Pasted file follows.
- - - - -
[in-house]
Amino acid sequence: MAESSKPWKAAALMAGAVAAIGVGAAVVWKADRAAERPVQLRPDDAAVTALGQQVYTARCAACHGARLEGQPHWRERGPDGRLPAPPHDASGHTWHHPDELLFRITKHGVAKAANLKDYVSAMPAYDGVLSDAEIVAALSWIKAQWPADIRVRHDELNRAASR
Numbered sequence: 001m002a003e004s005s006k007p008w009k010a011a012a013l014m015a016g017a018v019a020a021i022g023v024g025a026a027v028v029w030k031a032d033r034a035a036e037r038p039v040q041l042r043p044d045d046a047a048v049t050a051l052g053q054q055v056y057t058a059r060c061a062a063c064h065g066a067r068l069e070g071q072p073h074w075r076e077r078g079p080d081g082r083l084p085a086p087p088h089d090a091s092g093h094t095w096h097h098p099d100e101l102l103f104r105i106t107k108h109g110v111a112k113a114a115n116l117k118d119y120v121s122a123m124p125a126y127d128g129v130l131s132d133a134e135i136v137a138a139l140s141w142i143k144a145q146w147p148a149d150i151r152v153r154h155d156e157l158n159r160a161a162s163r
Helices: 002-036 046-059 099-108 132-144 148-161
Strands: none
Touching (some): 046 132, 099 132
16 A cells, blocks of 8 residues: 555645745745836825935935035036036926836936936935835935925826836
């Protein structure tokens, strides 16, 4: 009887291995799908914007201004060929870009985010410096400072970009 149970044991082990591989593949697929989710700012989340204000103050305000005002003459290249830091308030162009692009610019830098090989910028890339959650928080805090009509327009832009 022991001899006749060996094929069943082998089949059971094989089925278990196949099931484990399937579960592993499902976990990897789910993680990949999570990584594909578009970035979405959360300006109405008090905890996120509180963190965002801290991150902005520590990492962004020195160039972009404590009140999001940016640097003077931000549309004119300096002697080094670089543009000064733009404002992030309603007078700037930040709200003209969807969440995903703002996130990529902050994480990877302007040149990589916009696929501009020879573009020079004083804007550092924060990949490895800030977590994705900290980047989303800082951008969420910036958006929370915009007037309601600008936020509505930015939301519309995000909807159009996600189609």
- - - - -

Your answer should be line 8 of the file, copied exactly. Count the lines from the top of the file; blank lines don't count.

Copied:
């Protein structure tokens, strides 16, 4: 009887291995799908914007201004060929870009985010410096400072970009 149970044991082990591989593949697929989710700012989340204000103050305000005002003459290249830091308030162009692009610019830098090989910028890339959650928080805090009509327009832009 022991001899006749060996094929069943082998089949059971094989089925278990196949099931484990399937579960592993499902976990990897789910993680990949999570990584594909578009970035979405959360300006109405008090905890996120509180963190965002801290991150902005520590990492962004020195160039972009404590009140999001940016640097003077931000549309004119300096002697080094670089543009000064733009404002992030309603007078700037930040709200003209969807969440995903703002996130990529902050994480990877302007040149990589916009696929501009020879573009020079004083804007550092924060990949490895800030977590994705900290980047989303800082951008969420910036958006929370915009007037309601600008936020509505930015939301519309995000909807159009996600189609």